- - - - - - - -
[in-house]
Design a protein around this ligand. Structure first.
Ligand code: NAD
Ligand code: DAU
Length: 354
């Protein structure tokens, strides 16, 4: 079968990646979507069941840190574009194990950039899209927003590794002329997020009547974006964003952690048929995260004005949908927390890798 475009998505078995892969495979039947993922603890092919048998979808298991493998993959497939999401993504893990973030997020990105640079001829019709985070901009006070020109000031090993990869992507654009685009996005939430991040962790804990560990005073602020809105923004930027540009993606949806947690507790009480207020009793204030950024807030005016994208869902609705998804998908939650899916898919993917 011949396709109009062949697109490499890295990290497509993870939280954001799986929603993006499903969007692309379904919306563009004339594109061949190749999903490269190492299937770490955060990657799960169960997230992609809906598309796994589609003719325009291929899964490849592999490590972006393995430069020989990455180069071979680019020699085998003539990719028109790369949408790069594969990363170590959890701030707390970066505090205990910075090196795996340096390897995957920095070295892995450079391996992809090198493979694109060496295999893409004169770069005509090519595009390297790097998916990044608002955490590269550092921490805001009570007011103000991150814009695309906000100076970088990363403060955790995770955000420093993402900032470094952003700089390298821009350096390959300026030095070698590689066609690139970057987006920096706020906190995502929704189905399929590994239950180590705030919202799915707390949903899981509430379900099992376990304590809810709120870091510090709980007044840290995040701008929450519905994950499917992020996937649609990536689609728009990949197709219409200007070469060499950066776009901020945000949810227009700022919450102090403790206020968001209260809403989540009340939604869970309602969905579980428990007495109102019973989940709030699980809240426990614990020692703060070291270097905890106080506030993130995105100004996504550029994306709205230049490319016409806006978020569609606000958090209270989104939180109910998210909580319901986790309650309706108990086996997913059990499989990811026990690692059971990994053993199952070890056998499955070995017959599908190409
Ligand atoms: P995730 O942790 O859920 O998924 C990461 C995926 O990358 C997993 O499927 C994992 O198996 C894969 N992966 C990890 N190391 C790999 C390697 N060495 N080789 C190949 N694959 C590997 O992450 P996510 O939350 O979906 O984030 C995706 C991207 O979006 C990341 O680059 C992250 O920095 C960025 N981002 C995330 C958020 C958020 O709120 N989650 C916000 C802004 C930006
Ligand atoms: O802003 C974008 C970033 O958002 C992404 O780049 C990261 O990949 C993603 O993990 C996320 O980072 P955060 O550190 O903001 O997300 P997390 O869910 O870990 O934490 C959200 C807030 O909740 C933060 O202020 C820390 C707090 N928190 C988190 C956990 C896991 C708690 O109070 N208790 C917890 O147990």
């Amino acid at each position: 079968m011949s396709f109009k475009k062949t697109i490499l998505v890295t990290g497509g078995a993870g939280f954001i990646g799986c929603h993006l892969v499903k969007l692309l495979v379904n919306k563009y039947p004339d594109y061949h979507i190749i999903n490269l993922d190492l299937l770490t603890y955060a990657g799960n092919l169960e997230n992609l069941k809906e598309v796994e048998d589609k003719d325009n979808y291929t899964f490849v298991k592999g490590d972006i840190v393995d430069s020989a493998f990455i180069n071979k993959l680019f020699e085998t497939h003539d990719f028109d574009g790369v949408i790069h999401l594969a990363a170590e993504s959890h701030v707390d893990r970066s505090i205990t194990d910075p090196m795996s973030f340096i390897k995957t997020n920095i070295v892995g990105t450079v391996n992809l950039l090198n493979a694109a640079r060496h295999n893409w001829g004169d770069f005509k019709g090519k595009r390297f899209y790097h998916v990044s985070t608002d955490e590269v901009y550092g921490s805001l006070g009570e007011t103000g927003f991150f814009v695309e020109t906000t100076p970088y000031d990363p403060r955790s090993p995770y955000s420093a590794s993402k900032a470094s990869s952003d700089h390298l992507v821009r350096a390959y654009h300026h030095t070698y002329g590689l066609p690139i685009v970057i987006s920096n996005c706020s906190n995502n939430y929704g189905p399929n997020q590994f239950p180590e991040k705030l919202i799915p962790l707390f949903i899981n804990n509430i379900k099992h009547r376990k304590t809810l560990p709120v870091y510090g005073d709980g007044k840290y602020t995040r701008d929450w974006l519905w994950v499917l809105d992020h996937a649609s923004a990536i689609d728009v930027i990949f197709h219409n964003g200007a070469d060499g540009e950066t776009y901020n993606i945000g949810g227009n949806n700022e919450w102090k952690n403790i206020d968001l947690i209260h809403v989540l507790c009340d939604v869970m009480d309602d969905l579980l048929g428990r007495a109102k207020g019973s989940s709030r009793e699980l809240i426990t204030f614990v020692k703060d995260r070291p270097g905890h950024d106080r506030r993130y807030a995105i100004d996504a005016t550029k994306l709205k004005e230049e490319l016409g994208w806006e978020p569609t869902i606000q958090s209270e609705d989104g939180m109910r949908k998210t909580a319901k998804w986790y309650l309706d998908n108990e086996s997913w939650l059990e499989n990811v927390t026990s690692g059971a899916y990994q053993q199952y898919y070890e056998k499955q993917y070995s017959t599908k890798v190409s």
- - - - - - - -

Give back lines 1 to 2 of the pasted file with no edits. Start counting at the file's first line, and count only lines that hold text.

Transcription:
[in-house]
Design a protein around this ligand. Structure first.